Remove Dropout Remove Elementary Remove How To Remove Outcomes

School counselors keep kids on track. Why are they first to be cut?

The Hechinger Report

“Since my parents didn’t get much education, it’s hard to talk to them about my schoolwork and applying to college, or how to plan my time and get everything done,” says Mariano Almanza, 18, pictured speaking with his Coronado High School guidance counselor, Colleen McElvogue.

At this one-of-a-kind Boston public high school, students learn calculus in Spanish

The Hechinger Report

BOSTON — When the Boston Public Schools opened the Margarita Muñiz Academy in 2012, it was a first-of-its kind dual-language high school meant to address issues faced by the city’s growing Hispanic population. And the dropout rate among the first Muniz cohort, the class of 2016, was just 2.5

Held back, but not helped

The Hechinger Report

To her, earning her diploma, even two years late, feels like something of a miracle. It was hard to get up in the morning and go to school,” she said. “I I wanted to give up. I felt like I was already behind and I was too old to still be in high school.”.

High schools fail to provide legally required education to students with disabilities

The Hechinger Report

Read the whole series, “ Willing, able and forgotten: How high schools fail special ed students,” here. As a teenager, Michael McLaughlin wanted to go to college. With help, he should have been able to graduate alongside his classmates, ready to pursue higher education.

Special education’s hidden racial gap

The Hechinger Report

Read the whole series, “ Willing, able and forgotten: How high schools fail special ed students,” here. The services are out there, but a lot of times, parents of color just don’t have the information and resources they need to fight for them,” said Daisy Brown, Tyrone’s mother.

The vast majority of students with disabilities don’t get a college degree

The Hechinger Report

Read the whole series, “ Willing, able and forgotten: How high schools fail special ed students,” here. For those that enroll in two-year schools, the outcomes aren’t much better: 41 percent, according to federal data. Our kids are graduating to the couch.”.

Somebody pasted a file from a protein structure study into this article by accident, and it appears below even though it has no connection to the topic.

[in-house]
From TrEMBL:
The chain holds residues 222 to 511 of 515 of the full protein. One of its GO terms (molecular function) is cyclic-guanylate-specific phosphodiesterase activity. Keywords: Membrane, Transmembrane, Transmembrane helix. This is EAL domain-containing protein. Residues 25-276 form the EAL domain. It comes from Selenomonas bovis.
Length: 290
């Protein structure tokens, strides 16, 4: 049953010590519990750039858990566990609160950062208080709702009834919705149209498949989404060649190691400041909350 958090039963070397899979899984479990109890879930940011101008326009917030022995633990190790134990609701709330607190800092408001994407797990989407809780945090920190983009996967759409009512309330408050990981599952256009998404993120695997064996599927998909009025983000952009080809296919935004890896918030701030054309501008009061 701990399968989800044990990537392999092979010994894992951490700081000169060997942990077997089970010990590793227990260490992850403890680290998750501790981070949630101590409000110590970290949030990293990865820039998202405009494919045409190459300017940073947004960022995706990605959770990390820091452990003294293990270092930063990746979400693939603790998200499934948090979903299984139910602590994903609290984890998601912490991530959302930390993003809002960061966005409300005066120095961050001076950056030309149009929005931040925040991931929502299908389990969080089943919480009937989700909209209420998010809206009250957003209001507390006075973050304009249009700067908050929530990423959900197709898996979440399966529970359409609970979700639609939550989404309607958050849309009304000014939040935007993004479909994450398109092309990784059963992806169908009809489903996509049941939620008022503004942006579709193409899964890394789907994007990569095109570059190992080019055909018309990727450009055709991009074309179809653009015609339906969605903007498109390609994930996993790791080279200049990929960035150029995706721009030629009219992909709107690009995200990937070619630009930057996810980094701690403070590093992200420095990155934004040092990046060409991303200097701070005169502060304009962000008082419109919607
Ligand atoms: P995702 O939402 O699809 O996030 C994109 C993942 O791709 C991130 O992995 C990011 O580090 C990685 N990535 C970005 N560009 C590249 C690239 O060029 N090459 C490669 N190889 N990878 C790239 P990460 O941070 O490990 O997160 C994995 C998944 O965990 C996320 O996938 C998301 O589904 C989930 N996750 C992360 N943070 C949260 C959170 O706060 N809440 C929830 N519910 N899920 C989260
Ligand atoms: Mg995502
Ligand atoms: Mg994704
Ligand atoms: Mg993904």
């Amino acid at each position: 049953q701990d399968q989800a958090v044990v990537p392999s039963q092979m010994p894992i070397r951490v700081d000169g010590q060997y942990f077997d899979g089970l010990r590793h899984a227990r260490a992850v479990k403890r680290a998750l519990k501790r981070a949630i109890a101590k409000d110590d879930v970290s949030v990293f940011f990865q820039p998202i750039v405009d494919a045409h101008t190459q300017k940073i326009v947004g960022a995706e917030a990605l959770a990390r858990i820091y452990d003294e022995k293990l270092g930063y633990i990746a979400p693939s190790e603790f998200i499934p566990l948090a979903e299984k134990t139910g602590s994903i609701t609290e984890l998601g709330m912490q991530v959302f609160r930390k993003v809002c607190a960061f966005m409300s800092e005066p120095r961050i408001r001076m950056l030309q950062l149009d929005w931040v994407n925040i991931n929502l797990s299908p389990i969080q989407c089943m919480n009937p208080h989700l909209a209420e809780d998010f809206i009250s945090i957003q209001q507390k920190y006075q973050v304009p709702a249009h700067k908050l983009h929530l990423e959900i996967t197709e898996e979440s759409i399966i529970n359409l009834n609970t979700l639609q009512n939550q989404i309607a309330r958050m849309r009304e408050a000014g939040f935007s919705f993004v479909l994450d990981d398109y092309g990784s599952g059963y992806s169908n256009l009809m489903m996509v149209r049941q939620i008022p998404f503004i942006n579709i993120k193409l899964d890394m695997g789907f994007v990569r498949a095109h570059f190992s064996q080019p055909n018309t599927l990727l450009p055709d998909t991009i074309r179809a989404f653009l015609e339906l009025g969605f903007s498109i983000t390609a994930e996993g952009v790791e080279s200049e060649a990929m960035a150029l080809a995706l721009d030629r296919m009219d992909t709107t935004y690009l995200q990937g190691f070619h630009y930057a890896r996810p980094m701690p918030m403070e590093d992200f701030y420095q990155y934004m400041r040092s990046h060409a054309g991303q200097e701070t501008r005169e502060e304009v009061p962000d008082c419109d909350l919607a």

A Thinking Person’s Guide to EdTech News (2017 Week 9 Edition)

Doug Levin

Ever wonder how stories covered by popular edtech outlets – such as edSurge, eSchoolNews, Tech & Learning, and THE Journal – get selected? A Thinking Person’s Guide to EdTech News (2017 Week 9 Edition). Tagged on: March 4, 2017 Most of the time, innovators don’t move fast and break things | Aeon Essays → Because of their importance, it’s essential to reflect more critically on our collective myths about innovation.

EdTech 163

Hack Education Weekly News

Hack Education

*Each week, I gather a wide variety of links to education and education technology articles. Oh my god, it’s almost time to start working on that year-end project.). Now the office wants to hire an outside contractor to help figure out why.” A mail bomb campaign targeted opponents of President Trump this week, but remember: the biggest threat to democracy and free speech are liberal students’ protests on elite college campuses.

Chegg 63

Georgia program for children with disabilities: ‘Separate and unequal’ education?

The Hechinger Report

ATLANTA — Brent Agnew remembers feeling a sense of relief when he left the meeting called to discuss his 6-year-old son Caleb’s anxiety attacks. Both parents figured Caleb would return to his neighborhood elementary school before too long. “We

Hack Education Weekly News

Hack Education

To Understand Betsy DeVos ’s Educational Views, View Her Education,” says The New York Times. ” “More than 150 House and Senate Democrats sent Education Secretary Betsy DeVos a letter Monday that objected to her department’s recently announced shift in how it chooses the contractors that service federal student loans ,” Inside Higher Ed reports. Via Buzzfeed : “How Betsy DeVos Could Break Up The Charter School Coalition.”